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47th Annual Grammy Awards

47th Annual Grammy Awards
Date February 13, 2005
Location Staples Center, Los Angeles
Host Queen Latifah
Television/Radio coverage
Network CBS

The 47th Annual Grammy Awards were held on February 13, 2005 at the Staples Center in Los Angeles. They were hosted by Queen Latifah, and televised in the United States by CBS. They recognized accomplishments by musicians from the previous year. Ray Charles, whom the event was dedicated in memory of, posthumously won five Grammy Awards while his album, Genius Loves Company, won a total of eight. Kanye West received the most nominations, with ten.[1]


  • Performers 1
  • Winners and nominees 2
    • General 2.1
    • Classical 2.2
    • Pop 2.3
    • Dance 2.4
    • Traditional pop 2.5
    • Rock 2.6
    • Alternative 2.7
    • R&B 2.8
    • Rap 2.9
    • Country 2.10
    • New Age 2.11
    • Jazz 2.12
    • Gospel 2.13
    • Latin 2.14
    • Music video 2.15
    • Packaging and notes 2.16
    • Polka 2.17
    • Production and engineering 2.18
    • Reggae 2.19
    • Surround sound 2.20
    • Spoken 2.21
    • World 2.22
  • Special merit awards 3
    • Grammy Hall of Fame Award 3.1
    • Grammy Lifetime Achievement Award 3.2
    • MusiCares Person of the Year 3.3
  • In Memoriam 4
  • Trivia 5
  • References 6


Winners and nominees

Bold type indicates the winner out of the list of nominees.


Record of the Year

Album of the Year

Song of the Year

Best New Artist


Best Classical Album

Best Orchestral Performance

  • "Adams: On The Transmigration Of Souls" – Lorin Maazel, conductor; John Adams & Lawrence L. Rock, producers

Best Opera Recording

Best Choral Performance

Best Instrumental Soloist(s) Performance (with orchestra)

Best Instrumental Soloist Performance (without orchestra)

Best Chamber Music Performance

Best Small Ensemble Performance (with or without conductor)

Best Classical Vocal Performance

  • "Ives: Songs (The Things Our Fathers Loved; The Housatonic At Stockbridge, Etc.)" – Susan Graham

Best Classical Contemporary Composition

  • "Adams: On The Transmigration Of Souls" – John Adams

Best Classical Crossover Album


Best Female Pop Vocal Performance

Best Male Pop Vocal Performance

Best Pop Performance by a Duo or Group with Vocal

Best Pop Collaboration with Vocals

Best Pop Instrumental Performance

  • "Take You Out" – George Benson

Best Pop Vocal Album

Best Pop Instrumental Album


Best Dance Recording

Best Electronic/Dance Album

Traditional pop

Best Traditional Pop Vocal Album


Best Solo Rock Vocal Performance

Best Rock Performance by a Duo or Group with Vocal

Best Rock Instrumental Performance

Best Hard Rock Performance

Best Metal Performance

Best Rock Song

Best Rock Album


Best Alternative Music Album


Best Female R&B Vocal Performance

Best Male R&B Vocal Performance

Best R&B Performance by a Duo or Group with Vocals

Best Traditional R&B Vocal Performance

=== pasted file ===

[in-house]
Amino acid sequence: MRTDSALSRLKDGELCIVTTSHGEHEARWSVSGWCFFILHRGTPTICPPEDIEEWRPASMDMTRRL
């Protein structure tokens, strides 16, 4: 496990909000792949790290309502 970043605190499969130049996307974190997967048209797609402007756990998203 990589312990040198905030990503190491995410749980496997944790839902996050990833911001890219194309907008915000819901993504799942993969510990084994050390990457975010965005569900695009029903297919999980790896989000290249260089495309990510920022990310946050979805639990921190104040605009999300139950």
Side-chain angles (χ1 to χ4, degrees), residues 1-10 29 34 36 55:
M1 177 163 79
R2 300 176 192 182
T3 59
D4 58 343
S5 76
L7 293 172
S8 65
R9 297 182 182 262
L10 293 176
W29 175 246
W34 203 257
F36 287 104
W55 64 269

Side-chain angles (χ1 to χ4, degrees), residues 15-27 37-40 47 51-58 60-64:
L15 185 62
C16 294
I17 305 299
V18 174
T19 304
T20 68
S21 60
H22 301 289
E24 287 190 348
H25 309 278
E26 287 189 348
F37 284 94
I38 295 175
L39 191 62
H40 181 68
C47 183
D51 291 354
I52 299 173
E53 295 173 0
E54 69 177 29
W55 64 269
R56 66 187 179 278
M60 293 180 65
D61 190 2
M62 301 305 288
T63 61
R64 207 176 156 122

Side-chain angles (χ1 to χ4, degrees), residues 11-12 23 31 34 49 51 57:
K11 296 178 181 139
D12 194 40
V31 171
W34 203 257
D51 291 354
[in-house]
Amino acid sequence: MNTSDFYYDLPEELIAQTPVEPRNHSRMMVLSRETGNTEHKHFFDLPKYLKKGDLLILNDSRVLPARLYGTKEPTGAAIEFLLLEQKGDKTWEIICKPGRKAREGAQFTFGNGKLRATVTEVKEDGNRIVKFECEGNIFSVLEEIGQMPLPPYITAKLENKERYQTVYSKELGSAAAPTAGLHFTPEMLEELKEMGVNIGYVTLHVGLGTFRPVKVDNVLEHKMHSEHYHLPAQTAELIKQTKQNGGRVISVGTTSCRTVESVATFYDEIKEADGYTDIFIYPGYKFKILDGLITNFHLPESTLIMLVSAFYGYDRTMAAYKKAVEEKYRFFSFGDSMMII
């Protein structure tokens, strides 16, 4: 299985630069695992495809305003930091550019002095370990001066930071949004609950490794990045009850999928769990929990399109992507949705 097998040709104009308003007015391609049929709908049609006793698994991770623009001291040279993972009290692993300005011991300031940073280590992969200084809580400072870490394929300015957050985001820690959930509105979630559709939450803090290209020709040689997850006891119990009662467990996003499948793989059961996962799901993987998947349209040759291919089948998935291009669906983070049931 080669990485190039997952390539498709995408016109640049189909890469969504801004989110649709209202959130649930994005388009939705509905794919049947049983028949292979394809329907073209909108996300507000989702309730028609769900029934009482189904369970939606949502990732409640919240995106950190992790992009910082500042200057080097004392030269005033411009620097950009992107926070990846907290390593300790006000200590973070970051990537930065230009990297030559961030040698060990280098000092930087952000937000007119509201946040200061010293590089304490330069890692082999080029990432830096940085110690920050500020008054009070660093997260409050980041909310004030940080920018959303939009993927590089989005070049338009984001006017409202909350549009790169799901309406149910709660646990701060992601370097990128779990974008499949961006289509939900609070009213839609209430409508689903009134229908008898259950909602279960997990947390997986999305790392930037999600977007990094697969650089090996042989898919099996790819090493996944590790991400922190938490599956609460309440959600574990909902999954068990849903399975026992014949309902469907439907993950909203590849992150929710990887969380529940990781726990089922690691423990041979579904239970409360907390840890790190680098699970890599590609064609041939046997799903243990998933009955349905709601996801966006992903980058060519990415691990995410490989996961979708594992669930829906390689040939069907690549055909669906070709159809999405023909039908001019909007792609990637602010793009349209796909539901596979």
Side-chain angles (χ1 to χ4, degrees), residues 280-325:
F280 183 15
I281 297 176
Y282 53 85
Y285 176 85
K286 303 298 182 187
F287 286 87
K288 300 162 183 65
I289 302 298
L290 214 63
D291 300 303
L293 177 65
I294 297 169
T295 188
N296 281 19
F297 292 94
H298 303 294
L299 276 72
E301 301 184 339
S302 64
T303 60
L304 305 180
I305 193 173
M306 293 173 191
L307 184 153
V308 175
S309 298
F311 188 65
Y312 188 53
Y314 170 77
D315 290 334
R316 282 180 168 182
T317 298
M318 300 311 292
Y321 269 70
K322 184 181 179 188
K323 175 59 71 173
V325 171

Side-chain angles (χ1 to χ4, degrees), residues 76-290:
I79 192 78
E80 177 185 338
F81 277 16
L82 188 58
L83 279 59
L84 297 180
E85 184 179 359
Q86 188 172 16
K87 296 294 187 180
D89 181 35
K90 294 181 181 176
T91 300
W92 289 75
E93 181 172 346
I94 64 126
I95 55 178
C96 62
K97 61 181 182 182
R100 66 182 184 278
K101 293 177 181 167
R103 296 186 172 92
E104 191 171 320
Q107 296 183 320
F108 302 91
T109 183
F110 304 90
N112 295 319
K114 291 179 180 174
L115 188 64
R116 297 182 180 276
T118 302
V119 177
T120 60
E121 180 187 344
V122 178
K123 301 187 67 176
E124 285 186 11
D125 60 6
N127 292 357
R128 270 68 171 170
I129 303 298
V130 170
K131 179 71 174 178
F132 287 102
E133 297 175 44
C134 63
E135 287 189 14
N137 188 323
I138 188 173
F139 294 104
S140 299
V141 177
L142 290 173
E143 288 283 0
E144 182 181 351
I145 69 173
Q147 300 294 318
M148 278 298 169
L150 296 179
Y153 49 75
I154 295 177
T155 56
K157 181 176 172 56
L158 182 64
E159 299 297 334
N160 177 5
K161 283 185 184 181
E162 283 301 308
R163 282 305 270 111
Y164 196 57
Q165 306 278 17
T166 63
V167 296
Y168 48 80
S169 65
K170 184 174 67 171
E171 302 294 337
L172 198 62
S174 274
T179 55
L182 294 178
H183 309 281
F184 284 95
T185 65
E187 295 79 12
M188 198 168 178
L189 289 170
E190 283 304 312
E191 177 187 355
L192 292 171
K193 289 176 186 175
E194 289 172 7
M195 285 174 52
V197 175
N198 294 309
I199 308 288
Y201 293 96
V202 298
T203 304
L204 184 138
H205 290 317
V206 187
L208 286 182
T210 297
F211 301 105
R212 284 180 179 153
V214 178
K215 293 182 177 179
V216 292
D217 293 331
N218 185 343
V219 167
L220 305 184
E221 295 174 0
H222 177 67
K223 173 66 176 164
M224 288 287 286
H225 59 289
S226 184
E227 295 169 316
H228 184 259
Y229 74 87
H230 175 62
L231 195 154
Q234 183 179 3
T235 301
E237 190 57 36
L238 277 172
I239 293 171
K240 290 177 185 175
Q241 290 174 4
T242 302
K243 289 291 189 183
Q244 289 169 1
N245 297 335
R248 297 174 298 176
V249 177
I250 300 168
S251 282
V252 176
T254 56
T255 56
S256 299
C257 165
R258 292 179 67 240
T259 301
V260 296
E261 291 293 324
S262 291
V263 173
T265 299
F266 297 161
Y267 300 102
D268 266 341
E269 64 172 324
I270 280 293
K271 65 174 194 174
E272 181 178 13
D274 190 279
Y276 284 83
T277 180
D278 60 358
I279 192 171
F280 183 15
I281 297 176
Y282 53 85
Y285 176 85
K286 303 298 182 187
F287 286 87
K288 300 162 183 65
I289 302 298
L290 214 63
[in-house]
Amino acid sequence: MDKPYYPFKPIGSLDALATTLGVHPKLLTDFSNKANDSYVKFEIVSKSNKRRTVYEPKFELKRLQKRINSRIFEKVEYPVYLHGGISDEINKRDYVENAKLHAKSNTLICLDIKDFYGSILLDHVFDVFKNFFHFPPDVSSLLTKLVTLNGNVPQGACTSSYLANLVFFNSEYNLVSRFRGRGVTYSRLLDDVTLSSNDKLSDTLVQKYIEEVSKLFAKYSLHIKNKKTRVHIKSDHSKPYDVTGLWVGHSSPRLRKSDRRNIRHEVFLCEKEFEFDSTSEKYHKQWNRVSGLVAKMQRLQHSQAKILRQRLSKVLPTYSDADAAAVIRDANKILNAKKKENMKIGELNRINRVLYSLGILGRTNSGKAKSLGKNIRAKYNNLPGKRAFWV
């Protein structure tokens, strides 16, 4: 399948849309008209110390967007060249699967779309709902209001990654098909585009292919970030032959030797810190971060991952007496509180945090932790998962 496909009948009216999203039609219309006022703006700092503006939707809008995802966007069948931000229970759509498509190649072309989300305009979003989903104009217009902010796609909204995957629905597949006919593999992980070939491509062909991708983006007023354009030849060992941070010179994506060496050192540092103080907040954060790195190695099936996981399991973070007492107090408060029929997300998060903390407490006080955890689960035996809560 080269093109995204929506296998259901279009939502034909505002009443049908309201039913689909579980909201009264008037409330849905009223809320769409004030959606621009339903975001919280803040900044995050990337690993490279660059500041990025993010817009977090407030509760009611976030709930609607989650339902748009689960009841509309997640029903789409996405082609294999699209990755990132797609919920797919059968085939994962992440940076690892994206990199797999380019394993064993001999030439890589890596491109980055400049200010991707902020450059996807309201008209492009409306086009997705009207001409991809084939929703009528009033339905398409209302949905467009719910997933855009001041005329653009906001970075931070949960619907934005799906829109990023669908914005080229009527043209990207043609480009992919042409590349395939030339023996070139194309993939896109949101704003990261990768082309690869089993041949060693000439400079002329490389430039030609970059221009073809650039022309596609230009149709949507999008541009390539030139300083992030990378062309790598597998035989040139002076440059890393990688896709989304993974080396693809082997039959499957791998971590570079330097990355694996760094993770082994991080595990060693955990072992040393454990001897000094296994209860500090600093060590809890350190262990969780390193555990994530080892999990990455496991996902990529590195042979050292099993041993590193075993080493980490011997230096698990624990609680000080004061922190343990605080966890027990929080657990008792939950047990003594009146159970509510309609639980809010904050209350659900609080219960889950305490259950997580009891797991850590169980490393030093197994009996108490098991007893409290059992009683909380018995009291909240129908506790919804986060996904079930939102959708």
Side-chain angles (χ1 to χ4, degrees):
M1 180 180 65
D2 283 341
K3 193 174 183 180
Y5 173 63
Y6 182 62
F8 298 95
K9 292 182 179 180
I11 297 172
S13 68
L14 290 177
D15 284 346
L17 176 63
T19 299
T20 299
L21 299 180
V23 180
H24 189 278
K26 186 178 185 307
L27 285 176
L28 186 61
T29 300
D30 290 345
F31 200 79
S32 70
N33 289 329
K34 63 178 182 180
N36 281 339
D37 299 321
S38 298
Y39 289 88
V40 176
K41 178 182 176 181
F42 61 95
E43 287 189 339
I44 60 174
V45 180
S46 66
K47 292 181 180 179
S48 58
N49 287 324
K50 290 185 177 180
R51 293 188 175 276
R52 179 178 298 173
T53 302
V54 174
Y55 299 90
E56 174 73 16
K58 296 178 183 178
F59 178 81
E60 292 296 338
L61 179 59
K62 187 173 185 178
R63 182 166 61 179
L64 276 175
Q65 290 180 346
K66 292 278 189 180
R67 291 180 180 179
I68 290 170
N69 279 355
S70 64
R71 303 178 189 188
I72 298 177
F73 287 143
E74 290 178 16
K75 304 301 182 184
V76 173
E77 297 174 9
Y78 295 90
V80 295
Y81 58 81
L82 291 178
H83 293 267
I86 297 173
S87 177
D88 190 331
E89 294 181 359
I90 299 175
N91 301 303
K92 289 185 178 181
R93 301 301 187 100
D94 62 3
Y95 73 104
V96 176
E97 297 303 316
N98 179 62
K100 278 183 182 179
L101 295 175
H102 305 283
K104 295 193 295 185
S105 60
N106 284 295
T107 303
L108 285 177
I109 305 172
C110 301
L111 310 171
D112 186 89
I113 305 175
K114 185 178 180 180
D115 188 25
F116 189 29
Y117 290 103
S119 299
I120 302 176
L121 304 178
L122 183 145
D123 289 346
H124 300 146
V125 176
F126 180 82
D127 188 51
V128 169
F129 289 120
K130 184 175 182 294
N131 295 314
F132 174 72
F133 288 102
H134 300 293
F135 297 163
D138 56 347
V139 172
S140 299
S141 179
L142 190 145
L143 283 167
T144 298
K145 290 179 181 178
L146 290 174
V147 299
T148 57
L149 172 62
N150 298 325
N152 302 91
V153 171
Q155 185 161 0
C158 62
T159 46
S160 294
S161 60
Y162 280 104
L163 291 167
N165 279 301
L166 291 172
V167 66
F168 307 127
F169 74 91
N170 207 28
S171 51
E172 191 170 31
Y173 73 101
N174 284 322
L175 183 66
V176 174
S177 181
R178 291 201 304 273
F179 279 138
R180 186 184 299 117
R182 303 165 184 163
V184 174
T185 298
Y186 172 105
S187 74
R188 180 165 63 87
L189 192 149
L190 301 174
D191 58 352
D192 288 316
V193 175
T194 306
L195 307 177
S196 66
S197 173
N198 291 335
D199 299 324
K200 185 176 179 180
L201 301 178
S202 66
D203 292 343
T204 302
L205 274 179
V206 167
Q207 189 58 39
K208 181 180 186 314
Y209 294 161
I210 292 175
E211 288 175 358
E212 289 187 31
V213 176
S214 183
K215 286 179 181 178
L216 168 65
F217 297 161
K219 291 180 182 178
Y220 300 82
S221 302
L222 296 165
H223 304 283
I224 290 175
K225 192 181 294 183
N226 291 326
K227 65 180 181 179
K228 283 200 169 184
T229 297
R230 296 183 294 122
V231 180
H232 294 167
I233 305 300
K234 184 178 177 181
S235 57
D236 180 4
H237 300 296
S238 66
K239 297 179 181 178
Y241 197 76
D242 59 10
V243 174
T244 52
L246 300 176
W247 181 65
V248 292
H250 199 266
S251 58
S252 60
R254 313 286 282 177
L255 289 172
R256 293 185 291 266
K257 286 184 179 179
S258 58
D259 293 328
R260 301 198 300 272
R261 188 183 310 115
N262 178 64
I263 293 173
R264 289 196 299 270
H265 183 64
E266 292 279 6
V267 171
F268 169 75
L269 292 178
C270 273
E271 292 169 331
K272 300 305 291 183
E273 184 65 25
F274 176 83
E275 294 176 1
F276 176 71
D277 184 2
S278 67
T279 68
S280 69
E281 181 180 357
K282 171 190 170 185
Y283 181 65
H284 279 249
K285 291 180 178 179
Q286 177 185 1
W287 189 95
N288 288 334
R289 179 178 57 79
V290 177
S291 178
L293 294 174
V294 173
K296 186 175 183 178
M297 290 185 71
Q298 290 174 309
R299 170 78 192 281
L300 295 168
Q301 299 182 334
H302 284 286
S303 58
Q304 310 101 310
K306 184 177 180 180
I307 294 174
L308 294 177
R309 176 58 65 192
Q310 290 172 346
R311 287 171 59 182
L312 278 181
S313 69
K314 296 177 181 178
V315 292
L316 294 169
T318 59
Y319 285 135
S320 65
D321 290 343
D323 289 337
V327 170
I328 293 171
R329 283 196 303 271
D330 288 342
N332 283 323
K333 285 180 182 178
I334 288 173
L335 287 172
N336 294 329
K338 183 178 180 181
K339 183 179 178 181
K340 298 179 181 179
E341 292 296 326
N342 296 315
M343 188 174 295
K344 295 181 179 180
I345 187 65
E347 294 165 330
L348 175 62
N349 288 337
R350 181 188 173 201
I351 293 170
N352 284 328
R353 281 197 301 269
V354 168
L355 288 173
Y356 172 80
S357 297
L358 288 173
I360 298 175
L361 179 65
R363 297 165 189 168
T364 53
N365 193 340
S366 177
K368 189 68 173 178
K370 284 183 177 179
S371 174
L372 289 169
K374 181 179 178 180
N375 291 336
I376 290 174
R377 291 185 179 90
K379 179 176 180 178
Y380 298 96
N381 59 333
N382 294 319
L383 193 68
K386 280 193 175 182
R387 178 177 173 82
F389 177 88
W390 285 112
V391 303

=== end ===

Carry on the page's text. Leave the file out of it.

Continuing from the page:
Best Urban/Alternative Performance

Best R&B Song

Best R&B Album

Best Contemporary R&B Album


Best Rap Solo Performance

Best Rap Performance by a Duo or Group

Best Rap/Sung Collaboration

Best Rap Song

Best Rap Album


Best Female Country Vocal Performance

Best Male Country Vocal Performance

Best Country Performance by a Duo or Group with Vocal

Best Country Collaboration with Vocals

Best Country Instrumental Performance

Best Country Song

Best Country Album

Best Bluegrass Album

New Age

Best New Age Album


Best Jazz Instrumental Solo

Best Jazz Instrumental Album, Individual or Group

Best Large Jazz Ensemble Album

Best Jazz Vocal Album

Best Contemporary Jazz Album

Best Latin Jazz Album


Best Gospel Performance

Best Pop/Contemporary Gospel Album

Best Rock Gospel Album

Best Traditional Soul Gospel Album

Best Contemporary Soul Gospel Album

Best Southern, Country or Bluegrass Gospel Album

Best Gospel Choir or Chorus Album


Best Latin Pop Album

Best Traditional Tropical Latin Album

Best Mexican/Mexican-American Album

Best Latin Rock/Alternative Album

Best Tejano Album

  • "Polkas, Gritos y Accordeones" – David Lee Garza, Joel Guzman & Sunny Sauceda

Best Salsa/Merengue Album

Music video

Best Short Form Music Video

Best Long Form Music Video

Packaging and notes

Best Recording Package

Best Boxed or Special Limited Edition Package

Best Album Notes


Best Polka Album

Production and engineering

Best Engineered Album, Non-Classical

Best Engineered Album, Classical

Best Remixed Recording, Non-Classical

Producer of the Year, Non-Classical

Producer of the Year, Classical


Best Reggae Album

  • "Def Jamaica" – Various Artists

Surround sound

Best Surround Sound Album


Best Spoken Word Album


Best Traditional World Music Album

Best Contemporary World Music Album

Special merit awards

Grammy Hall of Fame Award

Grammy Lifetime Achievement Award

MusiCares Person of the Year

In Memoriam

Estelle Axton, Danny Sugarman, Bruce Palmer, Johnny Ramone, Darrell "Dimebag" Abbott, Jim Capaldi, Artie Shaw, Barney Kessel, Elvin Jones, Illinois Jacquet, Michel Colombier, Alvino Rey, Ol' Dirty Bastard, Jan Berry, Terry Melcher, Laura Branigan, Cornelius Bumpus, Spencer Dryden, Elmer Bernstein, David Raksin, Jerry Goldsmith, Vaughn Meader, Rodney Dangerfield, Scott Muni, Johnny Carson, Skeeter Davis, Bill Lowery, Hank Garland, Arnold "Gatemouth" Moore, Ernie Ball, Tom Capone, Isidro Lopez, Robert Merrill, Renata Tebaldi, Fred Ebb, Cy Coleman, Paul Atkinson, Artie Mogull, Carole Fields Arnold, Rick James, Freddie Perren, Syreeta Wright and Ray Charles.



  1. ^ "2004 Grammy Award Winners". Retrieved 1 May 2011. 
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